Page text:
The Useful Imaginary of Independence in British Broadcasting
Authors: Rawstrone, K.
Start date: 4 September 2014
This paper argues that the term ‘independent’ in British broadcasting, rather than defining or determining some ontological ‘thing,’ actually serves to facilitate the political, social and economic interests of a powerful minority. That there can be no such thing as ‘true’ independence does not prohibit its usefulness as a discursive tool.
Considering three phases in British broadcasting in which the term was key: the determination of the BBC’s editorial independence in the 1920s; the introduction of “Independent” commercial television in the 1950s; and the stimulation of the independent television production sector in the 1970s and 80s, the paper interrogates the social and economic interests being declared and served in the name of ‘independence.’ Three levels of analysis are considered: the macro-level of the nation-state; the meso-level of institutions; and the micro-level of the individual. It is argued that individuals and groups seek to shape, access and mobilise the authority of institutions in order to serve their own ideological or instrumental interests. In order to do this, the dominant discourses of the ordering of society and the distribution of resources – democracy; the public interest; cultural integrity; the market - are called upon as incontrovertible founding and guiding principles.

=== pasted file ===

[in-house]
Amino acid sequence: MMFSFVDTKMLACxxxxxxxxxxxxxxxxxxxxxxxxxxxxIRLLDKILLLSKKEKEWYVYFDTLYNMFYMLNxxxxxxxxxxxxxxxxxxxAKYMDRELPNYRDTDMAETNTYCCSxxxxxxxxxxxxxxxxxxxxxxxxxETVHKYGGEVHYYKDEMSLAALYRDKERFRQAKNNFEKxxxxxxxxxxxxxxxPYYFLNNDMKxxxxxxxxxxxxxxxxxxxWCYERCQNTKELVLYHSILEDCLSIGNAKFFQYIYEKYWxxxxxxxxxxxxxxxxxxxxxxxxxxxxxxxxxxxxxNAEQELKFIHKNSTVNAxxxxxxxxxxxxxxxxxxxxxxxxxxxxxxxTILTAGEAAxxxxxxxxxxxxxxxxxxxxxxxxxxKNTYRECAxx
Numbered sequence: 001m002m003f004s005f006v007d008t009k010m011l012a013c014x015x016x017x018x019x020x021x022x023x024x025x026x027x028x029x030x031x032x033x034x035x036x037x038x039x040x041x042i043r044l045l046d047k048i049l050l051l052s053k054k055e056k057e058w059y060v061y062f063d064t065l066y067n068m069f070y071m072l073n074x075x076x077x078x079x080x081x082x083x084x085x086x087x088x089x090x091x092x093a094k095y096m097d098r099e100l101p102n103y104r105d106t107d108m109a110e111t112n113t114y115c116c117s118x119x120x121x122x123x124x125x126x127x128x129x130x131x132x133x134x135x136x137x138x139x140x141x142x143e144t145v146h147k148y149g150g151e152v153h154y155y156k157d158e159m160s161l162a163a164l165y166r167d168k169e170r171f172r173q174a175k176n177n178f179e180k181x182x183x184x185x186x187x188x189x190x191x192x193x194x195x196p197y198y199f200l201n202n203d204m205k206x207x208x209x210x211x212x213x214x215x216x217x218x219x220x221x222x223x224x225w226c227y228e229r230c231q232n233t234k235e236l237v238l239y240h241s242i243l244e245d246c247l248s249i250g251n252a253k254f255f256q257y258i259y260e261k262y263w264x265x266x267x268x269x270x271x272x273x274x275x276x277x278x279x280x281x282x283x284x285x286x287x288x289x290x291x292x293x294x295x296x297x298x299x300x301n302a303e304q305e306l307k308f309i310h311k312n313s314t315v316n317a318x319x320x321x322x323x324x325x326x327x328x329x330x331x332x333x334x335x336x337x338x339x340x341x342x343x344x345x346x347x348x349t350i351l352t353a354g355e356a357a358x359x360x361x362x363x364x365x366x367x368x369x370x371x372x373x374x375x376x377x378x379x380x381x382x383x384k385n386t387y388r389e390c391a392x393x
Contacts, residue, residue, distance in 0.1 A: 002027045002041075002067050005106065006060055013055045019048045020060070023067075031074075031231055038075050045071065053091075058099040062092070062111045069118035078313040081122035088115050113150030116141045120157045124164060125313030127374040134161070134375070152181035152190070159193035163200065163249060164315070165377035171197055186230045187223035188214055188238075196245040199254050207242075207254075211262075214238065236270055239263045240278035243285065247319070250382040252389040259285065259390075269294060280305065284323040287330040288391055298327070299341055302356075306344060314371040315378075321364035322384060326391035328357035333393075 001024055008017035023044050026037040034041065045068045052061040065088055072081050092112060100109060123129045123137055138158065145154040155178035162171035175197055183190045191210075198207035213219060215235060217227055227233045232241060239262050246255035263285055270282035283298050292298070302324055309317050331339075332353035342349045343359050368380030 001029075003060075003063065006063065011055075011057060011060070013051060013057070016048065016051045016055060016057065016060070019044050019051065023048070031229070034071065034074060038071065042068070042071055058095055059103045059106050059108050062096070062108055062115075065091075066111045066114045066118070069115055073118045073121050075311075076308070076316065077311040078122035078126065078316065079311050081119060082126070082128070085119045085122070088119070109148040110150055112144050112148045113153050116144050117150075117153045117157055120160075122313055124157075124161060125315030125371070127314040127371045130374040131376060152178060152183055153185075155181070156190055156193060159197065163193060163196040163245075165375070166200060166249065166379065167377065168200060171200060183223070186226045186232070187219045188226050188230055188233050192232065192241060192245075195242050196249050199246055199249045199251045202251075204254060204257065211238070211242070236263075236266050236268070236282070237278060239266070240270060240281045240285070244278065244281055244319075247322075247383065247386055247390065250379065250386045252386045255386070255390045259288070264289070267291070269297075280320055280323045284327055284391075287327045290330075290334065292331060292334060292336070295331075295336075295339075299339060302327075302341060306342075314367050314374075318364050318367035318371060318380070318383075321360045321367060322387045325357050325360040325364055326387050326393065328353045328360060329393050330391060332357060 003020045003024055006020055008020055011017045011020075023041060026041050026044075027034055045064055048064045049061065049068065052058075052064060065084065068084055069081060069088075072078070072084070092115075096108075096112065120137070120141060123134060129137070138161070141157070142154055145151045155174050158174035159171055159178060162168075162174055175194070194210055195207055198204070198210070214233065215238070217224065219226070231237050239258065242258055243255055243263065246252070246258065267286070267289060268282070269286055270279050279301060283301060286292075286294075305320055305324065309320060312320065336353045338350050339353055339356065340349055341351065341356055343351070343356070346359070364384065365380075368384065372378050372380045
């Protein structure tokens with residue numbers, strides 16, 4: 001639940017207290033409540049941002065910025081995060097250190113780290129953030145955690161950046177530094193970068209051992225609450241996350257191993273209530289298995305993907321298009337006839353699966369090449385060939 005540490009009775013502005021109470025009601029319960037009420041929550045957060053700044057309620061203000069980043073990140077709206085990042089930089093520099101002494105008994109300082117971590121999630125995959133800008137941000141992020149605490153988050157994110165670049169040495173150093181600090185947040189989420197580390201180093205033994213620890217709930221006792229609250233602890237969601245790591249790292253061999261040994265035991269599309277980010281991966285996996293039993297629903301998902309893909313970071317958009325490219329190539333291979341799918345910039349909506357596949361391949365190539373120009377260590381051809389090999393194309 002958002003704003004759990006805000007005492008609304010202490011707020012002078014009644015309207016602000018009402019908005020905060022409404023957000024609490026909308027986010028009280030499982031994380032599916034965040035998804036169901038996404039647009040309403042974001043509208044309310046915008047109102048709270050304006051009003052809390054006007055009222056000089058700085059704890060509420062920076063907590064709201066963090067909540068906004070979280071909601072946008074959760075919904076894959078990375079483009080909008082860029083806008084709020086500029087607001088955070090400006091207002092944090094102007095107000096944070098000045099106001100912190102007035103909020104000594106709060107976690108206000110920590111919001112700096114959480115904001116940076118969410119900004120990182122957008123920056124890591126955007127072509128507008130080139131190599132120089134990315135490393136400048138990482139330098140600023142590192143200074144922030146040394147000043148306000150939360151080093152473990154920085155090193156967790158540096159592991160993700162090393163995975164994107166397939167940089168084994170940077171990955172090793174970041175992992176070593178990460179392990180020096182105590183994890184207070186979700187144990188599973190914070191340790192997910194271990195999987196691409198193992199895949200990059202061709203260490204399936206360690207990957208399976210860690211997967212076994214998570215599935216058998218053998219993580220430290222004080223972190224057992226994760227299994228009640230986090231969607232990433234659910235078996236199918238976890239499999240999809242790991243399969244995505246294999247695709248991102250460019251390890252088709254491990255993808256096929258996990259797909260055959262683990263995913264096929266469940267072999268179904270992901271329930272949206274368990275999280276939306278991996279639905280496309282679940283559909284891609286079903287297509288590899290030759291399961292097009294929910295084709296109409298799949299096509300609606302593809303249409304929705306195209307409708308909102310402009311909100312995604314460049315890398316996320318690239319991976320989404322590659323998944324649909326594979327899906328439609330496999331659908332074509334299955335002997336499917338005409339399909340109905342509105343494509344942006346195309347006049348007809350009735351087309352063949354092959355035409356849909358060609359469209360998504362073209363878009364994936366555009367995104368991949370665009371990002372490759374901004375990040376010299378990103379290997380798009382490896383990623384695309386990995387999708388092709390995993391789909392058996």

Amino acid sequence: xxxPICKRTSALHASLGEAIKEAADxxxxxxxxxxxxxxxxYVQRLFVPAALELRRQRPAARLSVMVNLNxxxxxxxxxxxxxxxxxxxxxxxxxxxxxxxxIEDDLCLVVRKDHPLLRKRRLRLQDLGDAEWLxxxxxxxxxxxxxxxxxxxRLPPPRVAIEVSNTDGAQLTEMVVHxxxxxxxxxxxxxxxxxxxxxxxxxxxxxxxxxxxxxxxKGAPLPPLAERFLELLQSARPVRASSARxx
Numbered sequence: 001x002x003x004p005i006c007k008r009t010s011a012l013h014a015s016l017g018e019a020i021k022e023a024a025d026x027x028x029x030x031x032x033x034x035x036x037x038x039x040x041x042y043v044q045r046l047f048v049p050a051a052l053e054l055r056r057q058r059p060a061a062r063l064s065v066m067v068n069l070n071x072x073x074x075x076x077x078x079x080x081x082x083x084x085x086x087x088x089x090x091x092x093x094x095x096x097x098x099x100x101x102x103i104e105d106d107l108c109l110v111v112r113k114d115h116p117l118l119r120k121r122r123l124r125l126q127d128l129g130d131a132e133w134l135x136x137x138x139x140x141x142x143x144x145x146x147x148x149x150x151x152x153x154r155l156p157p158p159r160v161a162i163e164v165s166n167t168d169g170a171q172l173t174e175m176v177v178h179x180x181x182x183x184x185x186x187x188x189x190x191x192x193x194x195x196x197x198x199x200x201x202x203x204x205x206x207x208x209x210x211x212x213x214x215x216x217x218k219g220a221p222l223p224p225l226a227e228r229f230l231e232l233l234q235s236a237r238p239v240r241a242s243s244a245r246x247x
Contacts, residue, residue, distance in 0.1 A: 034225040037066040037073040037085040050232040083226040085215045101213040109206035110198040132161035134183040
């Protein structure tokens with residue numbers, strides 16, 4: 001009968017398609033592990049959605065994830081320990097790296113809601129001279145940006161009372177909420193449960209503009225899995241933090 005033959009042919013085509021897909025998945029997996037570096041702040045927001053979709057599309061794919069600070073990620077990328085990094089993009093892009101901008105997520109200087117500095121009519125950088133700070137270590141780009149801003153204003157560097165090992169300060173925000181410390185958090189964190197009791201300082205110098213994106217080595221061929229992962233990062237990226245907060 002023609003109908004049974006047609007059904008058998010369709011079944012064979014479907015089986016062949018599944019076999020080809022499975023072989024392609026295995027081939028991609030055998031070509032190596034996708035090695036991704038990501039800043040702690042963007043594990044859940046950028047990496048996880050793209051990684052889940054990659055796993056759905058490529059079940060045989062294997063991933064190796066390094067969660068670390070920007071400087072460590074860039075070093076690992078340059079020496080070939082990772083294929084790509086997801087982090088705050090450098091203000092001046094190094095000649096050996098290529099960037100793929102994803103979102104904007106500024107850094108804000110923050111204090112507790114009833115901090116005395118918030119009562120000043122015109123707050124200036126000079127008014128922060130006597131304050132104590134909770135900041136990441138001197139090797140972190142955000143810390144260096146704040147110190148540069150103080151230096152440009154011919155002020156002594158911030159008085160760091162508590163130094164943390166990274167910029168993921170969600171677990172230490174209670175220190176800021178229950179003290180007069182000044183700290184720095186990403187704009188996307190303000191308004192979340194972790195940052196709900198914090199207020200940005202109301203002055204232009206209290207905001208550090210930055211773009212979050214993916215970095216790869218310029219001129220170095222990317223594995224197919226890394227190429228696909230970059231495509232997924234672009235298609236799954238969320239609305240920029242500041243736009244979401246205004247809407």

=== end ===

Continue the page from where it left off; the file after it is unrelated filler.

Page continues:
In each of the three sites of enquiry, the term has a different meaning but, taken as a whole, the usefulness of the concept of independence is that it appears to support the dominant ‘national imaginary.’ In order to anchor the methodology in contemporary practice, I consider its application to interviews with Grace Productions, a regional micro-indie specialising in factual programmes. Independent producers exist in a network of negotiated dependencies. Their independence, while fundamentally unachievable must, though, have usefulness in that it serves a number of declared and actual interests. I consider what these interests may be and, therefore, "What is the usefulness of the independent television producer?"